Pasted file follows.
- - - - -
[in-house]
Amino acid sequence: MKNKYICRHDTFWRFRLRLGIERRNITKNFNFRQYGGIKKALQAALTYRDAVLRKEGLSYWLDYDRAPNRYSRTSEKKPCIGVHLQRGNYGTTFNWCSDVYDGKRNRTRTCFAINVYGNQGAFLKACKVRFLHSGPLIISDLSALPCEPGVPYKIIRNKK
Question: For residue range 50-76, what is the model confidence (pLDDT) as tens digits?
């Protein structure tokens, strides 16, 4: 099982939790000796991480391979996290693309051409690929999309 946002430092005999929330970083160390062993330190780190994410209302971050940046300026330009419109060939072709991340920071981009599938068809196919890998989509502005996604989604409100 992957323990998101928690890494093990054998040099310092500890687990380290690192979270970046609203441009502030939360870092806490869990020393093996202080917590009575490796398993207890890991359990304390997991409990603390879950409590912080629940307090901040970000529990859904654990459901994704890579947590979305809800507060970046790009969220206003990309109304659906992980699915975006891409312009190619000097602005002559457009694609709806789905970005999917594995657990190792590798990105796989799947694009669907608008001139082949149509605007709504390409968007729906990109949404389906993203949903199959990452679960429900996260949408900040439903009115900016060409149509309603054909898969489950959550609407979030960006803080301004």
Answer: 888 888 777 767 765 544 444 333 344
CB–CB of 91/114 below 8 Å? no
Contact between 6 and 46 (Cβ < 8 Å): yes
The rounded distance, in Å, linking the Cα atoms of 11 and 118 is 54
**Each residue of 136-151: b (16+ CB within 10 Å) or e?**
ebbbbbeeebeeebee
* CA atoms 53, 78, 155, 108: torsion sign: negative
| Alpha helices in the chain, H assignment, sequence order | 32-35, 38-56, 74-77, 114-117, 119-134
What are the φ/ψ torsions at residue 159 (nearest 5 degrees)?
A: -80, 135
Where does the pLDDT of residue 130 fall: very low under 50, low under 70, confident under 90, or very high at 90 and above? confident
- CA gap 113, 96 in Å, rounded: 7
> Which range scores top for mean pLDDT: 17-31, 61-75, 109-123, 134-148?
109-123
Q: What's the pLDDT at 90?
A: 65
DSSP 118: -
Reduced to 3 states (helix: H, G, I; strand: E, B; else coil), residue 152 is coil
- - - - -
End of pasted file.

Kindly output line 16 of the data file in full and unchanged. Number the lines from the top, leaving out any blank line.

- CA gap 113, 96 in Å, rounded: 7